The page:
India’s semiconductor manufacturing to date has been largely focused on production for its state-controlled defense and space sectors.

“It is critical that the government and industry together create a strong indigenous technology ecosystem for the success of the Indian semiconductor industry,” said Saket Gaurav, President and CEO of Elista, an electronics, home appliance and IT brand in India. India. But he is hopeful that India can eventually emerge as one of the world’s biggest chipmakers.

Since the commercial industry is in its early stages in the country, this means there is a “lack of ecosystem and expertise,” Sengupta said.

“India has a large pool of engineers working in the semiconductor industry around the world” and there is “an opportunity to attract that talent back,” he noted.

Meanwhile, access to raw materials and a water supply are among other considerations, industry experts say.

India’s efforts to become a semiconductor hub come as the US and EU are also focusing on expanding their chip-making industries. But experts say there are still gaps to be filled.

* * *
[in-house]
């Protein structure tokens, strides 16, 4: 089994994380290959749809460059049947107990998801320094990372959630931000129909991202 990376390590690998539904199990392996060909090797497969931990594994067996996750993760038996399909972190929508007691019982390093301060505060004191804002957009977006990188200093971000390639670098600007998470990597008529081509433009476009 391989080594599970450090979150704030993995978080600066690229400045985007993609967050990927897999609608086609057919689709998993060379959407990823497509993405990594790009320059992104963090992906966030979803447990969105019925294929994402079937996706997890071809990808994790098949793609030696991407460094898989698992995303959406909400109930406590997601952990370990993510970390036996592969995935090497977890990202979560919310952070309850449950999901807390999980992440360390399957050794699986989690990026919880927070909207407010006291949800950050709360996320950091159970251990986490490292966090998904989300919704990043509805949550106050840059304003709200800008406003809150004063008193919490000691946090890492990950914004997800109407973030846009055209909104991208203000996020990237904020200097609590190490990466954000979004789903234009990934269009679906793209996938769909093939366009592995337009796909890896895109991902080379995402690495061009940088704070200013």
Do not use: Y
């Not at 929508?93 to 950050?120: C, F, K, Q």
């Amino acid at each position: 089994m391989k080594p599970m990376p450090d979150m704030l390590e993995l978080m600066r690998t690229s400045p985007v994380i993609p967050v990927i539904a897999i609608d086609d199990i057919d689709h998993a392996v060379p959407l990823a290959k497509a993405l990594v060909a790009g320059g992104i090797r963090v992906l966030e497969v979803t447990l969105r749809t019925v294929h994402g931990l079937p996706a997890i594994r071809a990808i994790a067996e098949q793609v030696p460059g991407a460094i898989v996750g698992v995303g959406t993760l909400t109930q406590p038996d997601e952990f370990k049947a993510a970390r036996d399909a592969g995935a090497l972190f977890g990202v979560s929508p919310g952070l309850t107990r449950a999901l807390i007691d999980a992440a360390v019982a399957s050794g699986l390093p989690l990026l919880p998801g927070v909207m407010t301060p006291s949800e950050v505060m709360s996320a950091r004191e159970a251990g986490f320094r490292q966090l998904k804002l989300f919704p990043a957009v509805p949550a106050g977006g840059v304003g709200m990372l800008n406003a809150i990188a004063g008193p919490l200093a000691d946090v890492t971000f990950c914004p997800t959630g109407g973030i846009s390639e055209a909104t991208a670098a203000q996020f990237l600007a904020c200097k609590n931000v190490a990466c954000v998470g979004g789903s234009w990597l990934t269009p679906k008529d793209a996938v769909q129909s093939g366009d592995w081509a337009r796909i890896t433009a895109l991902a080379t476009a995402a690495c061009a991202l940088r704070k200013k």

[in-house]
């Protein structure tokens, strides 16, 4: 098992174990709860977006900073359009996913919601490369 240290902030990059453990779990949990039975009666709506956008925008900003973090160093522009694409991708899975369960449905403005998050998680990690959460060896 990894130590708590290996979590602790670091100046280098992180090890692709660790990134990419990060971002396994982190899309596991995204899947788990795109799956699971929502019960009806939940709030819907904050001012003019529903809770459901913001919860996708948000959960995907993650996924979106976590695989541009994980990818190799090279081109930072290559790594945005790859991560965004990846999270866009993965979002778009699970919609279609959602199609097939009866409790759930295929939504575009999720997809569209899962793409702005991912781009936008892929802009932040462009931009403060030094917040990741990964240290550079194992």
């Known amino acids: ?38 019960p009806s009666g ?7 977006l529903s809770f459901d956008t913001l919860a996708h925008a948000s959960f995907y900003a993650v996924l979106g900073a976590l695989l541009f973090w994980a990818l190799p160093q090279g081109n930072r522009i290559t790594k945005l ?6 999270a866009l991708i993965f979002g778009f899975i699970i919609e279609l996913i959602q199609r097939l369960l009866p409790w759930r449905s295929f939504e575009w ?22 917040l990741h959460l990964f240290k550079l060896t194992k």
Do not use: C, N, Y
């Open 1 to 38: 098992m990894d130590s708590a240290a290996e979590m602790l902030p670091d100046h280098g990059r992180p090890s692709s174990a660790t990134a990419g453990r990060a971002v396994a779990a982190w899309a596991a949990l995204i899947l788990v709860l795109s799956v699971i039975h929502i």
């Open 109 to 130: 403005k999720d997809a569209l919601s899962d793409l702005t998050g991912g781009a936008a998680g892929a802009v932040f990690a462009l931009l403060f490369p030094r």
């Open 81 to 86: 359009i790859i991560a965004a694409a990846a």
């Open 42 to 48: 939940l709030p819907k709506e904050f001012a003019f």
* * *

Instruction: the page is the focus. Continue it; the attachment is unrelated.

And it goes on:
The United States, under the previous administration of Donald Trump, began cutting off China’s access to American technology, including chip-making equipment. Next month, the Biden administration plans to expand restrictions on shipments to China of chip-making tools and semiconductors used in artificial intelligence from the US, according to a Reuters report.

“Crucially, through agreements like [the Vedanta-Foxconn plant]India may be able to reduce global dependence on China,” said Gizmore’s Mr. Kalirona.

He added that the move showed the Indian government was helping to “move the needle in the right direction.”

“We believe the Foxconn-Vedanta deal will be one of many in the space and there will be many more to come,” Kalirona said.

Updated: September 19, 2022, 6:00 am